Saturday, 2 May 2015

Book Review - Gary Lachman - Helena Blavatsky - The Mother of Modern Spirituality 2

Prolific writer Gary Lachman, who likes to write about the influence of esoteric trends in mainstream society and mystical biographies delivered this compact 300-page, 10-chapter tome a couple of years back, just after doing a work on the history of Hermetism, so he would seem well-suited for the task of tackling the enigmatic and controversial HPB. He pens a very interesting 20-page introduction showing a keen awareness of the complexities of the history of reputations, demonstrating his bold intention to take the bull by the horns and tackle the toughest problems of the Blavatsky case head on. He perceptively remarks that, there is a marked dichotomized-tendency to portray her either as a superhuman, heroic, saintly martyr or as a shady, fraudulent, opportunistic schemer and so states his intention to avoid this black or white position and present a more nuanced, objective, neutral, and critical perspective.

I find that the first three chapters are quite excellent. He has a breezy, conversational style and he manages to juggle several strands of discussion with a remarkable ability to synthesize a lot of information into concise, focused, snappy, insightful, interesting, and original paragraphs. For example:
“If the reader feels this sounds like something out of Alexander Dumas and The Count of Monte Cristo, I’m not surprised. HPB’s “journey into the unknown” had begun and at this point her life becomes a series of adventures, much like those her contemporary Jules Verne would pack into the pages of his novels. Around the World in Eighty Days, was published in 1873, the year that Blavatsky surfaces in New York, and it made Verne an international success. But between 1849, when she escaped her crestfallen husband, and that year, HPB embarked on a voyage that Phileas Fogg would have found impressive” (p. 33).

For the next seven chapters, he visits the standard events in the Blavatskian biographical corpus (Blavatsky has always been considered bio-friendly. Since her passing, there’s been a steady output of biographies, one every five years on average: http://www.blavatskyarchives.com/blavatskysourcebook.htm). He manages to deftly consider the  anti-Blavatsky and pro-Blavatsky stances on the  various issues and arrive at some sensible understanding of them. (Briefly, this means allegations by Home, Coleman, Coulomb, Hodgson, the SPR, Soloviov, De Witte, Coues, and a couple of pseudo-Blavatsky forgeries).

Overall, I think that he is quite successful in dispelling the haze of confusion that the aforementioned testimonies have created and which have effectively left Blavatskian studies in a state of arrested development for over a century. He diligently analyzes the relevant data and tends to demonstrate that there is very little substance to the various claims or any concrete evidence. Moreover, the testimony in question tend to have flagrant factual discrepancies and  the people in question tend to have palpable motivations of personal ideology or ambition.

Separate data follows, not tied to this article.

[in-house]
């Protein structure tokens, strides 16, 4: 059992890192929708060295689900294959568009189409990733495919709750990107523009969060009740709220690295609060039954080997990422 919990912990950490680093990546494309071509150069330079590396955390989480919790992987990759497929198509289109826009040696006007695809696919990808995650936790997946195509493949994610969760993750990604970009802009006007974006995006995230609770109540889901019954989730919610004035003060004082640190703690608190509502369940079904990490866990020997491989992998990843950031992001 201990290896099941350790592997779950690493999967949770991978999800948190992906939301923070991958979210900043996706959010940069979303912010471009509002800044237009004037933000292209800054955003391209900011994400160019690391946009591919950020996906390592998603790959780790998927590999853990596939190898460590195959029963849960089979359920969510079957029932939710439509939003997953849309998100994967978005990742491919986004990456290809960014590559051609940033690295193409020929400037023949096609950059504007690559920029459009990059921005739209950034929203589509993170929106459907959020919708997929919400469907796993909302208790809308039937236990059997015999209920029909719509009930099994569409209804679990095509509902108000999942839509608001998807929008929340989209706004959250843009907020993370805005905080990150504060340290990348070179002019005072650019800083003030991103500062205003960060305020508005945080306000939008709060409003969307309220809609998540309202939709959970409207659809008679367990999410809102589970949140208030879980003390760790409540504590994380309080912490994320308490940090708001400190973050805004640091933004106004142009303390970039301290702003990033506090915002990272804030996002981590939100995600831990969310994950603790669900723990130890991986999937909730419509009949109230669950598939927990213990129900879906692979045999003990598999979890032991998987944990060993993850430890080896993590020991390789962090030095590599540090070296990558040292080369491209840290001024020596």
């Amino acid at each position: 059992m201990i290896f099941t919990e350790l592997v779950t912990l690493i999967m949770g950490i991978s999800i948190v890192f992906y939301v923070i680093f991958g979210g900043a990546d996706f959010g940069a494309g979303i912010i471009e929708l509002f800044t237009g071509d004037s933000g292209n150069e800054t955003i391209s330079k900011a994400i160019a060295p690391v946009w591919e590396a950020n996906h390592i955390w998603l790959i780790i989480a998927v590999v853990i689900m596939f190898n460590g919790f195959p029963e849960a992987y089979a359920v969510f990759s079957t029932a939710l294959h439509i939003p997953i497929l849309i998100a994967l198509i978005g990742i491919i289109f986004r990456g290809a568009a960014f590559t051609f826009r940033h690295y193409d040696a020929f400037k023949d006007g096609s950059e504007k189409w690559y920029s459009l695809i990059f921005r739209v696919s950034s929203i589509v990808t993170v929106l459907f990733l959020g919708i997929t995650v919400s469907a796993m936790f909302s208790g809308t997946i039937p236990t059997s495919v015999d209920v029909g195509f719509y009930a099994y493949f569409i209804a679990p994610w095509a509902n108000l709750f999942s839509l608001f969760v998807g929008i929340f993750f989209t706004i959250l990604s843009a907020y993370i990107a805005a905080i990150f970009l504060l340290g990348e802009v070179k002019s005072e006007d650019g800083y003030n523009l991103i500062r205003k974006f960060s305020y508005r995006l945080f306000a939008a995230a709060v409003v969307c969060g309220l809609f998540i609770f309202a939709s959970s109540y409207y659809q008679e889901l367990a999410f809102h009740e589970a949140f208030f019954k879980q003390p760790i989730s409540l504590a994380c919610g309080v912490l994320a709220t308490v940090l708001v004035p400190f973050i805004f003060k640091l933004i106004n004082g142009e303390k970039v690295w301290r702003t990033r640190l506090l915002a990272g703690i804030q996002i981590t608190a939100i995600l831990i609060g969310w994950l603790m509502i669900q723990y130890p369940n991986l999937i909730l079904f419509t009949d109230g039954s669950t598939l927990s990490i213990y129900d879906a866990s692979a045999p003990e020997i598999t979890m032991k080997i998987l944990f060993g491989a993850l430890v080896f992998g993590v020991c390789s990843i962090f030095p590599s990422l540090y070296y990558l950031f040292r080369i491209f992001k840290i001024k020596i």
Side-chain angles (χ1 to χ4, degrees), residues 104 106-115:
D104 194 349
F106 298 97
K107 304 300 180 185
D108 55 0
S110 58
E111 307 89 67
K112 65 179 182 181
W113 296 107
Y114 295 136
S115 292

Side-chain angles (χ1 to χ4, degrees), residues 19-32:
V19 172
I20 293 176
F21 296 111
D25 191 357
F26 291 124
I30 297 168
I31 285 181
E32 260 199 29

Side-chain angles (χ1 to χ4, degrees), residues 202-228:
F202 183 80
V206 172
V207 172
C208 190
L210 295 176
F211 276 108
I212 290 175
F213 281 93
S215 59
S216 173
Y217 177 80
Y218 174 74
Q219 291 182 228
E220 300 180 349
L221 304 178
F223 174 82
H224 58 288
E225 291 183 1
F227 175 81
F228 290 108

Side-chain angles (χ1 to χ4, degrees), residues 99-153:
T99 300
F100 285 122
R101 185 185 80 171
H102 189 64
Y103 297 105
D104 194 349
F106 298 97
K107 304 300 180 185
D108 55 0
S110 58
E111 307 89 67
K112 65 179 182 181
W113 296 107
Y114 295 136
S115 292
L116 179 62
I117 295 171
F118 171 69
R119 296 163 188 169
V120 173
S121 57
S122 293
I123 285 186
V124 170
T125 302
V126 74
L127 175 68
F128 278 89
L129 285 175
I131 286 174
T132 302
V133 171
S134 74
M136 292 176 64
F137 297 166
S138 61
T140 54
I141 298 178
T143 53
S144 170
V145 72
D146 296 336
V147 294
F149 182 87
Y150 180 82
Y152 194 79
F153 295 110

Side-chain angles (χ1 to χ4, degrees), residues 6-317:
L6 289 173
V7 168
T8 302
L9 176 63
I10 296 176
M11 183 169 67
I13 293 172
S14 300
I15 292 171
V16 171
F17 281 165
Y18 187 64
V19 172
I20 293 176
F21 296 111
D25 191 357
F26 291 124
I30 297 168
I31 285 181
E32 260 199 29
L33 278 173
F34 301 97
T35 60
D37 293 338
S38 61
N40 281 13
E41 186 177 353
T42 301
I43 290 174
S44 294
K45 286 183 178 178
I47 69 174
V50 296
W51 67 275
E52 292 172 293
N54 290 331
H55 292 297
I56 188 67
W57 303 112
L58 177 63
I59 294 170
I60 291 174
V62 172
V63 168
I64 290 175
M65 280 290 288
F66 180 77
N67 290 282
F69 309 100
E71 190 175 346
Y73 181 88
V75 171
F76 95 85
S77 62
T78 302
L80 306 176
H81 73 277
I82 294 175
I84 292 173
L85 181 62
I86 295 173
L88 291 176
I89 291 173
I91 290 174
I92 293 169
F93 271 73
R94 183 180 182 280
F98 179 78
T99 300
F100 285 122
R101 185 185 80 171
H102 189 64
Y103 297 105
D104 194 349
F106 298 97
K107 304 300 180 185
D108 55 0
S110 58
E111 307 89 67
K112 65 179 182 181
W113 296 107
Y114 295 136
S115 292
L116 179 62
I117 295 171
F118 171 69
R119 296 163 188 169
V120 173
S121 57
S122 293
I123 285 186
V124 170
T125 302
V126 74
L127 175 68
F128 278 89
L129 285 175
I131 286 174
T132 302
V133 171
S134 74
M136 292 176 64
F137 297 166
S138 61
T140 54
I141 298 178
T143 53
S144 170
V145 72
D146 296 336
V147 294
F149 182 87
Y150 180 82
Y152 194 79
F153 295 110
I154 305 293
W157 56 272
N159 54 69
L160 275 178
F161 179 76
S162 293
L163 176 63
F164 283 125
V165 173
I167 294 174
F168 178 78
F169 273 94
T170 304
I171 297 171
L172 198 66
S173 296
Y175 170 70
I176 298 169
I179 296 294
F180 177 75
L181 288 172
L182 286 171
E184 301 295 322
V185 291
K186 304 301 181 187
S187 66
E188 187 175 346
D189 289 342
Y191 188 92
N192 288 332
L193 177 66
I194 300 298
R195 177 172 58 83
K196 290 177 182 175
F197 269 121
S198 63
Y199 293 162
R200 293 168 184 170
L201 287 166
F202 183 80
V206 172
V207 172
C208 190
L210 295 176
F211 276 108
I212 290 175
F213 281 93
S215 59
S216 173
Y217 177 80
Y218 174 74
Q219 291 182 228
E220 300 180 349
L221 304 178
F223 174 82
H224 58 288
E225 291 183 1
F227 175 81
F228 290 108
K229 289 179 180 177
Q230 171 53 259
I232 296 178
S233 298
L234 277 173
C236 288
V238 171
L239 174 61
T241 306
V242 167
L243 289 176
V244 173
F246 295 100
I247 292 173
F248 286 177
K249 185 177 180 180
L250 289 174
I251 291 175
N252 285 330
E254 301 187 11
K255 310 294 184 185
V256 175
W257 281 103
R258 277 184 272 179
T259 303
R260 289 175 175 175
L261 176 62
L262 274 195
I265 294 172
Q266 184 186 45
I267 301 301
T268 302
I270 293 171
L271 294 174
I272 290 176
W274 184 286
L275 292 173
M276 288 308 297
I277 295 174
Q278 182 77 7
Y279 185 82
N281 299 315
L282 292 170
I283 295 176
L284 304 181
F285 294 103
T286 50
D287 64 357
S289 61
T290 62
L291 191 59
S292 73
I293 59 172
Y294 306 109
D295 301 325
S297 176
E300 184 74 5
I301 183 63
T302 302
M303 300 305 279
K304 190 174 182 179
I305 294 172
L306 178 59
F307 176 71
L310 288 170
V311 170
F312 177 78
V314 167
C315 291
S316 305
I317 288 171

Otherwise, he manages to place of a lot interesting, if undeveloped, digressions that can serve as placeholders for future research. For example, on page 313 he notes how Vsevolod Solovyov is the brother of Vladimir Solovyov, an important spiritual philosopher. In turns out that the latter actually did an interesting review of the Key to Theosophy to which Blavatsky issued a very articulate reply. Unfortunately, the reply was not published at the time, but her manuscript survived. This intriguing meeting of minds surely merits further study:

Moreover, he makes use of more contemporary research into parapsychology and supernatural phenomena, as well as alternative science and makes some interesting comparisons to Blavatksy’s writings and experiences.

In terms of critiques, I think that this work would benefit from a greater awareness of the classic original insights and explanations into Blavatsky’s behavior and motives from an occult perspective, as can be gleaned from the Mahatma letters and Blavatsky’s letters to A.P. Sinnett. These essentials can be found  in Geoffrey Barborka’s Blavatsky, Tibet, and Tulku. Although published in 1974, I think that it remains a very helpful work for understanding Blavatsky’s character from an esoteric perspective. Also, the description of the Secret Doctrine human evolutionary scheme  (pp. 255-56) is a little innacurate (nb. in a future post, an accurate chart will be presented here). Moreover, I think that more exploration into what is known as the "Judge Case" would be needed. Simply reading Judge's own final reply, would seem to indicate that there is more to the picture than what the press of the time had put forth (see the second reply of "Two replies" : http://www.phx-ult-lodge.org/two_replies.htm )
Note 79 on page 266 seems a little garbled. Mead is not involved in the Johnston text.

I would venture to say Lachman’s book marks a kind of  breakthrough in the sense that it is the first bio aimed at the general public that I know of that is reasonably neutral and objective and has a reasonably critical analysis of historical sources. Hallelujah. Hopefully this clears the ground for a new phase of more original and open research into the mysterious Madame B.

PS. Below is a little-known Blavatsky text that is interesting in that she offers some interesting insights and perspectives into the difficulties of the semantics of esoteric historiography that, in my opinion, remain relevant:

http://www.katinkahesselink.net/blavatsky/articles/v8/y1887_036.htm